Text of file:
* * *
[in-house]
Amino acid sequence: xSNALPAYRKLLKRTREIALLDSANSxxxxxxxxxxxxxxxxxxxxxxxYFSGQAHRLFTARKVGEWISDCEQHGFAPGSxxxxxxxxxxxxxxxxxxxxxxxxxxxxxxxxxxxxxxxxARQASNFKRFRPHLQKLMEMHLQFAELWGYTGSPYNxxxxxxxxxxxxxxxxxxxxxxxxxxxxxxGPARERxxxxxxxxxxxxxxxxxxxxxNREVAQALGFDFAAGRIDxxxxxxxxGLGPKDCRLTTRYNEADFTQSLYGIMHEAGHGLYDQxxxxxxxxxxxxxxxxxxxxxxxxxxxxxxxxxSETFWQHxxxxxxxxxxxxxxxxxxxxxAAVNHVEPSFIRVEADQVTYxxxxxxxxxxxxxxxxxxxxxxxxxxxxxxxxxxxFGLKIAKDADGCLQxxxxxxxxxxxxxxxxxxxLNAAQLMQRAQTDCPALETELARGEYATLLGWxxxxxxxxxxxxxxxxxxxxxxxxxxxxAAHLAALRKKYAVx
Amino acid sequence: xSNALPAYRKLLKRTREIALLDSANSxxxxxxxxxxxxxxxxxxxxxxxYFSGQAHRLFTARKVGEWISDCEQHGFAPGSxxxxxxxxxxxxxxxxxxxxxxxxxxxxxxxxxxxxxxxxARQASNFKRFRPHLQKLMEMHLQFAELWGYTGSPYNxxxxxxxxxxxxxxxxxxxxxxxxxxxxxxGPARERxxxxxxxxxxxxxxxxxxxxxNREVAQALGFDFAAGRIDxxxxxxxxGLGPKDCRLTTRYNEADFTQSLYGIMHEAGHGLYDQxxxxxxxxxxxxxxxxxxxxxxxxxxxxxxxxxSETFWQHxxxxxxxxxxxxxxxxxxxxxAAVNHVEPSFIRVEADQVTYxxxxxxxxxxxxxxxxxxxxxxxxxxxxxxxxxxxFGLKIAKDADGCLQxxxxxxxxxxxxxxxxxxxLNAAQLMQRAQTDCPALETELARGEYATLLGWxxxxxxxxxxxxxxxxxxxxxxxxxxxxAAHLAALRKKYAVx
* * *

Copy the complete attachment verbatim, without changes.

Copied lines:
[in-house]
Amino acid sequence: xSNALPAYRKLLKRTREIALLDSANSxxxxxxxxxxxxxxxxxxxxxxxYFSGQAHRLFTARKVGEWISDCEQHGFAPGSxxxxxxxxxxxxxxxxxxxxxxxxxxxxxxxxxxxxxxxxARQASNFKRFRPHLQKLMEMHLQFAELWGYTGSPYNxxxxxxxxxxxxxxxxxxxxxxxxxxxxxxGPARERxxxxxxxxxxxxxxxxxxxxxNREVAQALGFDFAAGRIDxxxxxxxxGLGPKDCRLTTRYNEADFTQSLYGIMHEAGHGLYDQxxxxxxxxxxxxxxxxxxxxxxxxxxxxxxxxxSETFWQHxxxxxxxxxxxxxxxxxxxxxAAVNHVEPSFIRVEADQVTYxxxxxxxxxxxxxxxxxxxxxxxxxxxxxxxxxxxFGLKIAKDADGCLQxxxxxxxxxxxxxxxxxxxLNAAQLMQRAQTDCPALETELARGEYATLLGWxxxxxxxxxxxxxxxxxxxxxxxxxxxxAAHLAALRKKYAVx
Amino acid sequence: xSNALPAYRKLLKRTREIALLDSANSxxxxxxxxxxxxxxxxxxxxxxxYFSGQAHRLFTARKVGEWISDCEQHGFAPGSxxxxxxxxxxxxxxxxxxxxxxxxxxxxxxxxxxxxxxxxARQASNFKRFRPHLQKLMEMHLQFAELWGYTGSPYNxxxxxxxxxxxxxxxxxxxxxxxxxxxxxxGPARERxxxxxxxxxxxxxxxxxxxxxNREVAQALGFDFAAGRIDxxxxxxxxGLGPKDCRLTTRYNEADFTQSLYGIMHEAGHGLYDQxxxxxxxxxxxxxxxxxxxxxxxxxxxxxxxxxSETFWQHxxxxxxxxxxxxxxxxxxxxxAAVNHVEPSFIRVEADQVTYxxxxxxxxxxxxxxxxxxxxxxxxxxxxxxxxxxxFGLKIAKDADGCLQxxxxxxxxxxxxxxxxxxxLNAAQLMQRAQTDCPALETELARGEYATLLGWxxxxxxxxxxxxxxxxxxxxxxxxxxxxAAHLAALRKKYAVx